Identifying a surface as a cone

  • #1
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Hi, I’m using some CAD software trying to automate some surface identification, and I’m looking to find a way to identify whether a surface is a cone.

I will have access to vertices and normals at discrete points on the surface, but it will be expected that the number of these points will be different from cone to cone, and the cone orientation and position may be arbitrary.

I know that once I find the vertex of the cone I can project all the points I have to anunit sphere about the vertex. The normal to the circle that is transcribed projected on the sphere will give me the axis of the cone. But I need a way to determine the location of the vertex (which I may not have a point for)

Anyone have any suggestions? Thanks!
 

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  • #2
andrewkirk
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Assume we are given a set of at least three data, each one of which is the coordinates of a point on the surface and the components of the normal at that point. Each datum defines a line in 3D space that passes through the point on the surface in the direction of the normal. Call that the 'normal line' for that datum.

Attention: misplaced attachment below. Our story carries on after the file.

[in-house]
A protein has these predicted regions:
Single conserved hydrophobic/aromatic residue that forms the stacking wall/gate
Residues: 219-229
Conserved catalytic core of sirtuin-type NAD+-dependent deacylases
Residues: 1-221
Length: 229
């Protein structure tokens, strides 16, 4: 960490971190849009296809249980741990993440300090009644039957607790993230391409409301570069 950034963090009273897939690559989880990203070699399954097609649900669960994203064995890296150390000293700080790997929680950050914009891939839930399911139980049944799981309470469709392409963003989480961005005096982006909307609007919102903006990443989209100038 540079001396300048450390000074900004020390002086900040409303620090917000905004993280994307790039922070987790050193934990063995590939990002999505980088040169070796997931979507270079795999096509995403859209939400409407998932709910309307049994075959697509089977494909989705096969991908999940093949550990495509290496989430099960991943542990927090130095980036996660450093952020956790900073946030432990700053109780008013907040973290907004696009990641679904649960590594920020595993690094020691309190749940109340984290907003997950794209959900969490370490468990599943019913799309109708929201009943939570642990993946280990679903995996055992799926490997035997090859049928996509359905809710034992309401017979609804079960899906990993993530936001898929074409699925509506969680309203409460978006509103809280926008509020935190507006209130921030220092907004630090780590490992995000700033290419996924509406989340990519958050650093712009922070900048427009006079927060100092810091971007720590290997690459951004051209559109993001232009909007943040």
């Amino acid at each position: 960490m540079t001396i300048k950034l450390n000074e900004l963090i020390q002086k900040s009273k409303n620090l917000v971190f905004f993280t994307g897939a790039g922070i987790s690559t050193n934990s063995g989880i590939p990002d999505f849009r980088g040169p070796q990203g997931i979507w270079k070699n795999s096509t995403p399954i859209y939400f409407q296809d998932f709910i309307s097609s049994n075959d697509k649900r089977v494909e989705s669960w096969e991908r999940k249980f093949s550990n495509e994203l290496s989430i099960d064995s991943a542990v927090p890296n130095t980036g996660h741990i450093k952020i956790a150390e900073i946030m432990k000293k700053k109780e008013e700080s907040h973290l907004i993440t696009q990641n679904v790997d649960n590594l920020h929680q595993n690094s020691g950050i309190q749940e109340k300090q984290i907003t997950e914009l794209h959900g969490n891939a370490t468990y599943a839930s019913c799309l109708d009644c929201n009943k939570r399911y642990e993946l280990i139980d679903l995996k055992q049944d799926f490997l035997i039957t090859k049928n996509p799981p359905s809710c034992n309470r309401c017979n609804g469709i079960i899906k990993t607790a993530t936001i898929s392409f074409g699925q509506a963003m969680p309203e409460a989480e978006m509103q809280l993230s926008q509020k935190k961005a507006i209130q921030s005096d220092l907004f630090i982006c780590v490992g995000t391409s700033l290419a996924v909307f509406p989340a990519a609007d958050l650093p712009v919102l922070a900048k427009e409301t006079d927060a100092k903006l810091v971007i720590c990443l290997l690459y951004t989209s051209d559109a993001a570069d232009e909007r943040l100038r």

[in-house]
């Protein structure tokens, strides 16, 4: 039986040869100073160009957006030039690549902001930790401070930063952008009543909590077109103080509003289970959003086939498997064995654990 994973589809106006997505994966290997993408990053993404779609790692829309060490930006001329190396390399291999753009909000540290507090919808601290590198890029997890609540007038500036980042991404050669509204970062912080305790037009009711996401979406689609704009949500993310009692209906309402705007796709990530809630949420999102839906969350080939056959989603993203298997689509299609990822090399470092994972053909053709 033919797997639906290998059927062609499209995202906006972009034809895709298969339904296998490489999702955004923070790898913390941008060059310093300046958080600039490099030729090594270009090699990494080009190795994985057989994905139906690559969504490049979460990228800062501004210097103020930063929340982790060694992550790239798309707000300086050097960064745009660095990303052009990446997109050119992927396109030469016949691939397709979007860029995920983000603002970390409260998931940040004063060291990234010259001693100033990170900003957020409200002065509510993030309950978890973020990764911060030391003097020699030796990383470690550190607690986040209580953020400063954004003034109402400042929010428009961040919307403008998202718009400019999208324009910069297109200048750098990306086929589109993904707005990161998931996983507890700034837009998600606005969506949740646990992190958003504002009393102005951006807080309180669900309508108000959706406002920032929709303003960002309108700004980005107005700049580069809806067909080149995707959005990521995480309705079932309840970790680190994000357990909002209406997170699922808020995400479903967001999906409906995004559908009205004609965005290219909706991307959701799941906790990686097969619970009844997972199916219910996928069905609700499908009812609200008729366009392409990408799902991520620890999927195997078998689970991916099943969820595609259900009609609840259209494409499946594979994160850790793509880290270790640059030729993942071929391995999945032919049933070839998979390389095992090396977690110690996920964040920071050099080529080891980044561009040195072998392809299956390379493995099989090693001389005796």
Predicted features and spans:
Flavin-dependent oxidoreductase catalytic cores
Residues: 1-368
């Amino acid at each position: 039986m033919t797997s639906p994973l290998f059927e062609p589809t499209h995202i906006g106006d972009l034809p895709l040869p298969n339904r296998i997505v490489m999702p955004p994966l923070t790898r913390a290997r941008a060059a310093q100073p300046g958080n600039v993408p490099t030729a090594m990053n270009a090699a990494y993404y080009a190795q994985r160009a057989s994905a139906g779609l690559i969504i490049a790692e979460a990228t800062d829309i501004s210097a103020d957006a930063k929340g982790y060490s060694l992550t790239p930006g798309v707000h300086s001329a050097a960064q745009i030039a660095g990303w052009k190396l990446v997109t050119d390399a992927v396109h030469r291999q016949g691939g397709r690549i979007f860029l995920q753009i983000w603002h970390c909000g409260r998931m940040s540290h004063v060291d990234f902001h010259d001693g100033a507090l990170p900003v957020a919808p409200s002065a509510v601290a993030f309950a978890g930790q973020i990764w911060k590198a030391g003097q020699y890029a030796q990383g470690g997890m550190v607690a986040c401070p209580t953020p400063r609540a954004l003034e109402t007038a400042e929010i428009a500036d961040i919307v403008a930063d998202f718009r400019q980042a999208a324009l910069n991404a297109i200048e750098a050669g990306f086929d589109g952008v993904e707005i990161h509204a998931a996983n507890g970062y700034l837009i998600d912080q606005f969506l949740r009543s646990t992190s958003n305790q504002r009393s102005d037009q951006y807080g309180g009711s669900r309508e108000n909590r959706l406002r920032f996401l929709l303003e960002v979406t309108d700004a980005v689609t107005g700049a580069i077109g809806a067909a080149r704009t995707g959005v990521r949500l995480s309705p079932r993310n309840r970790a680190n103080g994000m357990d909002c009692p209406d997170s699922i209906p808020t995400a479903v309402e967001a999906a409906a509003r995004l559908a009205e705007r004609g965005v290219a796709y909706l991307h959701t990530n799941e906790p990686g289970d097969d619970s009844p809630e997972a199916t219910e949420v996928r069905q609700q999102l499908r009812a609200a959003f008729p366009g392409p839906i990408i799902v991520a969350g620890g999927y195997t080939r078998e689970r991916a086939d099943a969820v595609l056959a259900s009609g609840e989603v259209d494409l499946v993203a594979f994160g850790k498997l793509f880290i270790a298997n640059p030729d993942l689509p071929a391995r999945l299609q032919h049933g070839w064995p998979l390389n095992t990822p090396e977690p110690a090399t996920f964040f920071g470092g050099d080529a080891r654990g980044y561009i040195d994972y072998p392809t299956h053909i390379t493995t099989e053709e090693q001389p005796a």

If the surface is a cone, there will exist a unique plane P through the origin of the coordinate system, such that the projections of the normal lines onto P all intersect at a single point Q. That point is the intersection of P with the axis of the cone.

The plane P is specified by two parameters, and the point Q where lines intersect is specified by a further two parameters. Hence there are four unknowns. Given four data we can write four equations, each one specifying that a different one of the four normal lines passes through Q. We can solve the equations to find the plane P and the point Q. From that we can obtain the equation of the cone's axis.

It remains to find the vertex of the cone. To do that, measure the distance of each datum from the cone axis. By linear extrapolation between data you will be able to find the point where the distance becomes zero. That point is the vertex.

Given the vertex, the axis and one datum, you can calculate the equation of the cone.
Use the first four points to solve the equations. That tells you what cone the surface must be if it IS a cone. Additional points after the fourth serve to test whether it IS a cone.

We can never be certain that it is a cone, because there could always be a small deformation in a non-sampled part of the surface. But if there is even one datum whose normal line does not have a projection on P that passes through Q, we can definitively say the surface is not a cone.

EDIT: It might be six points that are needed to complete the specification, ie to find the vertex and the shape. But only four equations should be needed to find P and Q.
 
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